Low Maintenance Landscaping
Picking the best plants for your site gives you low maintenance landscaping. Yet, how do we go about making these decisions?
There are several steps to consider before heading to your local nursery.
You should have a good understanding of your landscape.
How much direct sunlight falls there on an average day?
If there is more than six hours of direct sun, you need plants adapted to "Full Sun". Less than two hours of direct sun are "Woodland" or shade plants.
In between these two extremes is woodland edge or "Savanna" habitat.
What is your soil texture?
This can be investigated with a shovel and your bare hands. Feel how slippery or gritty the main particles are that hold your soil together. Soil texture (sand, silt or clay) will predict how much moisture your soil can hold.
If your soil is on either extreme, sand or clay, you can modify its texture by tilling in compost that will make it easier for new plants to become established.
How much moisture is available in this area?
Plan For What You Have (Or Change It)
The good news is that we have the ability to plan for the conditions present or make changes to improve the growing conditions. The next step is, how do you want to use that part of your yard?
If you want a screen of plants to create a more private space, we can create a list of plants that grow to the proper height to yield that result. Good choices require little pruning to maintain the shape and size desired.
Guiding water runoff from roofs and pavement is an important step to collect rain, get it soaking into the ground and away from foundations and storm sewers.
Rain gardens can be either a showy garden of flowers and grasses or a gently sloping lawn with deeper rooted perennials at the lowest point. Rain gardens are planned to have no standing water two days after a rainfall event.
Pathways to Perfection
A key consideration for how you will use your landscape is how you will move through it. Paths, whether paved, grass or mulch surface, need to be resolved early in your planning process.
Another question is how much lawn area is required for entertaining, kids play, active sports, or just viewing the more distant landscape.
One way to map these ideas is to create a drawing that shows everything you want to keep:
Using tracing paper over this base, it is possible to draw a number of different versions of your low maintenance landscaping. Questions to keep in mind when you sketch are:
Your base map should include all the details from our first questions on sun, soil and water available.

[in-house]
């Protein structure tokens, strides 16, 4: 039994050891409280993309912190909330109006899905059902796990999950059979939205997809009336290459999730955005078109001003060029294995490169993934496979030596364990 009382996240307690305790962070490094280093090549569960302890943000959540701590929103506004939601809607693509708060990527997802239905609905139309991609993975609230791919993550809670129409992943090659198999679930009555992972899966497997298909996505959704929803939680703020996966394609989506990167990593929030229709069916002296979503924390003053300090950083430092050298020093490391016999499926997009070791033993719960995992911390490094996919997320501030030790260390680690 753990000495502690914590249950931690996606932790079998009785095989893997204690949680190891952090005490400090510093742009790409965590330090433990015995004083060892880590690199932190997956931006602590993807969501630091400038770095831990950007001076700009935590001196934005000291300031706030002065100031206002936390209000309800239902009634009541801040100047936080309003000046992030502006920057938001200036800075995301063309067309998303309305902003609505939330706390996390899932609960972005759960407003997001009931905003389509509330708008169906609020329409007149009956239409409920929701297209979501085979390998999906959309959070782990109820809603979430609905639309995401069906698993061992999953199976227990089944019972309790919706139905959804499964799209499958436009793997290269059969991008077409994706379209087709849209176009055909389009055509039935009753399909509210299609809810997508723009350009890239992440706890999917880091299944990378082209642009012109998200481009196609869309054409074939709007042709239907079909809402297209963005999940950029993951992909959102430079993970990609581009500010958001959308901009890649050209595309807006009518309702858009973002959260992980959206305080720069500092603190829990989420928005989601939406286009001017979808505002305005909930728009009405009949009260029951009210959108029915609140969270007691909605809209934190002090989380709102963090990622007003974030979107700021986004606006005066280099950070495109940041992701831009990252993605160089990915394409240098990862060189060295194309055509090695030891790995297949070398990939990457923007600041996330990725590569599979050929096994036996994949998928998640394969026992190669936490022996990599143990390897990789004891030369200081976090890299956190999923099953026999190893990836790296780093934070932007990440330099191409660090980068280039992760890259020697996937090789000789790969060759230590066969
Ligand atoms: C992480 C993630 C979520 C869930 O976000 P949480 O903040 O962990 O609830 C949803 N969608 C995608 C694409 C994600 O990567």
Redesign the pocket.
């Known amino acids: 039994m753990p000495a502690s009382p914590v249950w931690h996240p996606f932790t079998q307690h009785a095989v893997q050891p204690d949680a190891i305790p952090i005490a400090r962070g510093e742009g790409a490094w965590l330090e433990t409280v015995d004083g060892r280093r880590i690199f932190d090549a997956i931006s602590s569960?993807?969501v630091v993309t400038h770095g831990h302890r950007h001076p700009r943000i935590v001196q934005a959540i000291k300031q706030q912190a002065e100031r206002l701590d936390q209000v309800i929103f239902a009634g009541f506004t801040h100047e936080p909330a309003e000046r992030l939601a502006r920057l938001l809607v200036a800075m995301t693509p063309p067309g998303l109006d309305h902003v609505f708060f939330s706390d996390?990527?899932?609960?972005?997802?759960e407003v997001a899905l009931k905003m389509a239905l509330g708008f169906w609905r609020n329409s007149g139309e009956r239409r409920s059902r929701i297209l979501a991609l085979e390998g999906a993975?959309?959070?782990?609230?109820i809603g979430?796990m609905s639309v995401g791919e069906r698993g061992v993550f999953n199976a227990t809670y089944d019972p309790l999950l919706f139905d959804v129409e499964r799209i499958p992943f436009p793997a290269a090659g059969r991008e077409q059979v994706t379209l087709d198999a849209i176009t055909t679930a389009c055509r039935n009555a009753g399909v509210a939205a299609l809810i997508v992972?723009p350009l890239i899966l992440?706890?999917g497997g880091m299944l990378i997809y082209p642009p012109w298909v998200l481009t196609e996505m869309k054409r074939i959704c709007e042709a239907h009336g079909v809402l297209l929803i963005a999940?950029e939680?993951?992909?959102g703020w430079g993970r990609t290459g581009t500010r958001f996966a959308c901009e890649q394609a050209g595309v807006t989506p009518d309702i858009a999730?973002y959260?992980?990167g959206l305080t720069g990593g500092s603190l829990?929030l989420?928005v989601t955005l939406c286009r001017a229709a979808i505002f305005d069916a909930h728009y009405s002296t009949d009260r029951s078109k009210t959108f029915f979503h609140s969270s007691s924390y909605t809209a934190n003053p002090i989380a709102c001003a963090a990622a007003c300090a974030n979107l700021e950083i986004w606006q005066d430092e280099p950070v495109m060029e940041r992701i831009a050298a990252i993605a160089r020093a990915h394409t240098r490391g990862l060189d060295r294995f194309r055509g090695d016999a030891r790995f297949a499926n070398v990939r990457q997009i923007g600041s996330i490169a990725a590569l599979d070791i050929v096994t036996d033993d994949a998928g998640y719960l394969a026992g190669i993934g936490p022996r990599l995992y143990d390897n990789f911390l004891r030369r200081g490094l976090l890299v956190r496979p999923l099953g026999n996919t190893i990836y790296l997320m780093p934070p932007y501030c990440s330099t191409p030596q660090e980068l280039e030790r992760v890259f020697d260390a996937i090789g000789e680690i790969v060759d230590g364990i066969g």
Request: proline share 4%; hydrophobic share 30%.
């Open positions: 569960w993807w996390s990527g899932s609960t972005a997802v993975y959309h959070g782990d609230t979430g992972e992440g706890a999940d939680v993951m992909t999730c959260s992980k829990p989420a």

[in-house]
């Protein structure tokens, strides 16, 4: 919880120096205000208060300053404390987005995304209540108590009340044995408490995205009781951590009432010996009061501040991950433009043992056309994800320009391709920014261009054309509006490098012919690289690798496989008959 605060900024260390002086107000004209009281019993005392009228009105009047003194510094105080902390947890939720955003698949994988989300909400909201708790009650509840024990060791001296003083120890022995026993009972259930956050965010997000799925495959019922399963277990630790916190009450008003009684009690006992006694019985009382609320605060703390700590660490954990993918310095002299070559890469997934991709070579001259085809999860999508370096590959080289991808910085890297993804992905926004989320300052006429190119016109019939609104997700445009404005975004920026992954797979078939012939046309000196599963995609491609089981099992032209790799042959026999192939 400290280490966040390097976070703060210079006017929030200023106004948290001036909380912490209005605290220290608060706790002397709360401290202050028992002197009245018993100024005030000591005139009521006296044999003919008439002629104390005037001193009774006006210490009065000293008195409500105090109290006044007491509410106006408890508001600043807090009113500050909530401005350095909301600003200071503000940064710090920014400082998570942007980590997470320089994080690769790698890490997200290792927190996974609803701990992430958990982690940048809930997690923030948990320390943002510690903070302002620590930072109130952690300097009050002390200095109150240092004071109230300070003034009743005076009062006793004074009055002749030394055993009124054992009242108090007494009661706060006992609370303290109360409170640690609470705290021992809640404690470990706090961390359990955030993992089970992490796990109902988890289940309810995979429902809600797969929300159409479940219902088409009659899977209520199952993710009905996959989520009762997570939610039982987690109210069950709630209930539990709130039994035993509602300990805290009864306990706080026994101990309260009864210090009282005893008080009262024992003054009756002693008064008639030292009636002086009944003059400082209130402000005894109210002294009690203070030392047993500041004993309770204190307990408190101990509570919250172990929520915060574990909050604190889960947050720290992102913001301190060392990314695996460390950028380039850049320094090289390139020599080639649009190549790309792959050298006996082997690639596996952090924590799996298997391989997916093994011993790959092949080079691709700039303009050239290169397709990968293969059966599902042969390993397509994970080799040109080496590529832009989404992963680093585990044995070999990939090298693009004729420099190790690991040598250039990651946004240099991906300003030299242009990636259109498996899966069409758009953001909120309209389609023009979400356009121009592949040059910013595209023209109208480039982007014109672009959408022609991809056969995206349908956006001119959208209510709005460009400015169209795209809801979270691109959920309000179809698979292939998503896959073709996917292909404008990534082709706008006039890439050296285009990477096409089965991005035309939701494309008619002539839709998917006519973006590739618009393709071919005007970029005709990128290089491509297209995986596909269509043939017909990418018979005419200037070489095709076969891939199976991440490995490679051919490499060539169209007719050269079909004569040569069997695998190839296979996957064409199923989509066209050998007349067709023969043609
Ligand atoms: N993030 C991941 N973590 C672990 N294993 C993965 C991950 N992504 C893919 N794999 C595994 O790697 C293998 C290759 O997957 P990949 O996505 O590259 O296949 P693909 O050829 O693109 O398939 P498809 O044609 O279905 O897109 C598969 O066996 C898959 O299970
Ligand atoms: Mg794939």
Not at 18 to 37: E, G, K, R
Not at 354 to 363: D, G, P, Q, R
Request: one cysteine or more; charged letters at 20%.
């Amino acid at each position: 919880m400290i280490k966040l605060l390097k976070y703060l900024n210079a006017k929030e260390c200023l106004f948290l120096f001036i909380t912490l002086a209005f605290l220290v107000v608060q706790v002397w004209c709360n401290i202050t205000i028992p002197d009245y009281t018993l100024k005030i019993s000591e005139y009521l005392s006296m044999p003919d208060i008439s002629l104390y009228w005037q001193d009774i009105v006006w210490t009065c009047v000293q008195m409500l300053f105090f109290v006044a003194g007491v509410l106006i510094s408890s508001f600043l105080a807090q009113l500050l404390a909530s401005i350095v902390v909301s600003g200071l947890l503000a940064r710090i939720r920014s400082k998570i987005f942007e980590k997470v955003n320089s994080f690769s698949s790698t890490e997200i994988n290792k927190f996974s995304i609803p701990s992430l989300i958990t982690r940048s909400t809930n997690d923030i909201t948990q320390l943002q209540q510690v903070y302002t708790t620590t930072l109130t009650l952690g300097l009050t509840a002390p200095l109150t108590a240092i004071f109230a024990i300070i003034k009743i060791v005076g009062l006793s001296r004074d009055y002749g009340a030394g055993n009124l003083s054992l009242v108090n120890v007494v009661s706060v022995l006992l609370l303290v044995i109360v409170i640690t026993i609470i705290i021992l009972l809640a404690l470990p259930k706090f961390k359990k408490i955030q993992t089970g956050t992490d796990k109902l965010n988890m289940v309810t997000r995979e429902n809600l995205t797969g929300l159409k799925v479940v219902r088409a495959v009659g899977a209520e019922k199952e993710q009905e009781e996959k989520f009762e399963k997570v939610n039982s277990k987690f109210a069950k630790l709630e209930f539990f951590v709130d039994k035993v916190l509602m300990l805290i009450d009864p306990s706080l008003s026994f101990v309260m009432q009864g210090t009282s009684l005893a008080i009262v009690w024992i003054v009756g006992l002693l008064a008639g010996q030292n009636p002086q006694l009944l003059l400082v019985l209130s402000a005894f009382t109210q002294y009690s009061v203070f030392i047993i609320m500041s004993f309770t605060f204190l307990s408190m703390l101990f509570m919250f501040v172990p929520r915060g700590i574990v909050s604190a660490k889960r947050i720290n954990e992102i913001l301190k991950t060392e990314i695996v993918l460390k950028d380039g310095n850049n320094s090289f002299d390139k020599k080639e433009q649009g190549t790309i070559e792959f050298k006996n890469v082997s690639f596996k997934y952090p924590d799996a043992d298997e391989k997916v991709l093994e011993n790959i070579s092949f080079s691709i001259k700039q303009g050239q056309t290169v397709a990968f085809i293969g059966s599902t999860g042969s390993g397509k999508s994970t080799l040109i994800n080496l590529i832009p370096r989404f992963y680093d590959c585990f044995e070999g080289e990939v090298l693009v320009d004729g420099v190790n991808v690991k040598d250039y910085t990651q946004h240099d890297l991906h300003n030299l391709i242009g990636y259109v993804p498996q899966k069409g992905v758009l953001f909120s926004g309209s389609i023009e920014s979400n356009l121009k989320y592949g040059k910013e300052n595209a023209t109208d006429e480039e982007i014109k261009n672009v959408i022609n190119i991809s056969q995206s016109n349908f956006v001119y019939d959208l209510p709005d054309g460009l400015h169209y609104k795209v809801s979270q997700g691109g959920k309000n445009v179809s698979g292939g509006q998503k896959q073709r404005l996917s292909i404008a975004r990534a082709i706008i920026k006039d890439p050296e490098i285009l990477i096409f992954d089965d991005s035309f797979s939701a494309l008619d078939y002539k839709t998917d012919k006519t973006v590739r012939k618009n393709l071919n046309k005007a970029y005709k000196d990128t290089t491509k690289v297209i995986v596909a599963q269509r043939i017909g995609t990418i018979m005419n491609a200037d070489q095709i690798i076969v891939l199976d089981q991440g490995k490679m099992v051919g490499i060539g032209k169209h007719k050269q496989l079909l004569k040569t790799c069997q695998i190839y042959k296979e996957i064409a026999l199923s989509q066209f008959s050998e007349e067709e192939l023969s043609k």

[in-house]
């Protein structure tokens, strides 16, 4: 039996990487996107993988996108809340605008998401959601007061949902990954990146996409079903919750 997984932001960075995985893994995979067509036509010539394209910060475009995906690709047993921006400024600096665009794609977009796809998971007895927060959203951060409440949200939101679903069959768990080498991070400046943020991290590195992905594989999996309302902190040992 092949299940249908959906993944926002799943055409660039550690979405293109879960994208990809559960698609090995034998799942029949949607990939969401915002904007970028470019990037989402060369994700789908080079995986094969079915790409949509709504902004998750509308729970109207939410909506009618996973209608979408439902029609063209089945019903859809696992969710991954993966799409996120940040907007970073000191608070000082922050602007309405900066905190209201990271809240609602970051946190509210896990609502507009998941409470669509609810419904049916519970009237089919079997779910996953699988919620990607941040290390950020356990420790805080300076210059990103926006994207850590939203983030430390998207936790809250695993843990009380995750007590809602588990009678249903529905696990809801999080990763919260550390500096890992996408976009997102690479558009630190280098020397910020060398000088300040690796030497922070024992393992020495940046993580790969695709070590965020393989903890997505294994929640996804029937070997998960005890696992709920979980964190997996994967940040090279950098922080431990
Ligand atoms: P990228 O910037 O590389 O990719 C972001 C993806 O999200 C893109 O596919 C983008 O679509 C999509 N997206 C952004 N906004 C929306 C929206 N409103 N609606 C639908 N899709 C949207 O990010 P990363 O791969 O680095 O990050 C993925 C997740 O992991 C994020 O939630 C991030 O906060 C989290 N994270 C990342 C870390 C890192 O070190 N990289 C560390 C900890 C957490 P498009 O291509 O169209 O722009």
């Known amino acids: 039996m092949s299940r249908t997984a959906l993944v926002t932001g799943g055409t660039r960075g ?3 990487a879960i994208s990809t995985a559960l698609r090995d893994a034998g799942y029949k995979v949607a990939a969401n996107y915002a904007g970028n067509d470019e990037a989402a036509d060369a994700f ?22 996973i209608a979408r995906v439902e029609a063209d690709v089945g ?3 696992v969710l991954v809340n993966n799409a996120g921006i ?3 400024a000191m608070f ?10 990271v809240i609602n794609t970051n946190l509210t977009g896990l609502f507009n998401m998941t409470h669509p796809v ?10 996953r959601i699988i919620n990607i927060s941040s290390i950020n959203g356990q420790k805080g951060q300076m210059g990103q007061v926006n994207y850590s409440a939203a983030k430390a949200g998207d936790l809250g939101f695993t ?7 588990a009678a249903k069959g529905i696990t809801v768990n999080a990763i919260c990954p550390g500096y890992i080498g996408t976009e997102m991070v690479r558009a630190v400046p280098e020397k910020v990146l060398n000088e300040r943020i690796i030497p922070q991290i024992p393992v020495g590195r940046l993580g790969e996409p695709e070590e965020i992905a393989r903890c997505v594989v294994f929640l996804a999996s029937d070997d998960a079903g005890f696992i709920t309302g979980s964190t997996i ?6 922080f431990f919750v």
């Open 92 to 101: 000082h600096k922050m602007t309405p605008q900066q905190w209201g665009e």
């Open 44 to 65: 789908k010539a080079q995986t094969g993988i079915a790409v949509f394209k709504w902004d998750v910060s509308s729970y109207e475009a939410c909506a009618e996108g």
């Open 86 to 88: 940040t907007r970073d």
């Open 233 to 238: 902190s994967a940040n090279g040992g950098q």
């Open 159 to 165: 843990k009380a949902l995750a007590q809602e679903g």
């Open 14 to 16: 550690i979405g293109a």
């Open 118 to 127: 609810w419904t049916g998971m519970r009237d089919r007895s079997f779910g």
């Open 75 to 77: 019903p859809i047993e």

Only after making all these decisions can we begin to discern the best trees, shrubs, flowers and grasses to create the look and give you low maintenance landscaping.
Selecting the right plants for low maintenance landscaping requires knowing where that plant evolved. Is it adapted to the conditions you have in your yard?
The more you know about what its preferences are for sun, soil, moisture, lowest winter temperature, etc. the greater chance you have to pick a plant that will thrive.
My preference is to use native plants that evolved with our local soil and climate conditions. Often, though, these flowers and grasses are known for producing large numbers of viable seed. Those seedlings can become a maintenance headache, if your primary goal is minimal care.
Horticultural varieties (they always have a name in quotes at the end of their common or scientific name) have been bred for specific flower color, height, length of bloom, or some other attributes. These named varieties have lower rates of seedling success, though some are vigorous spreaders from their root system.
These can also be an advantage as a low maintenance landscaping ground cover. Native plants make up for this reseeding problem if you are willing to watch your gardens change over the years as the most successful plants crowd out those less well adapted to your site conditions.
Native plants are the best source of food as nectar, fruit and seeds for foraging butterflies, and birds who stay in our harsh climate for the winter months. Introduced plants have been shown to provide little food benefit to the mix of birds and butterflies we would like to attract to our home landscape.
If you have further questions about the design process or would like help getting started, please do not hesitate to contact one of our designers at EnergyScapes or other members of our MN Chapter of the Association of Professional Landscape Designers.
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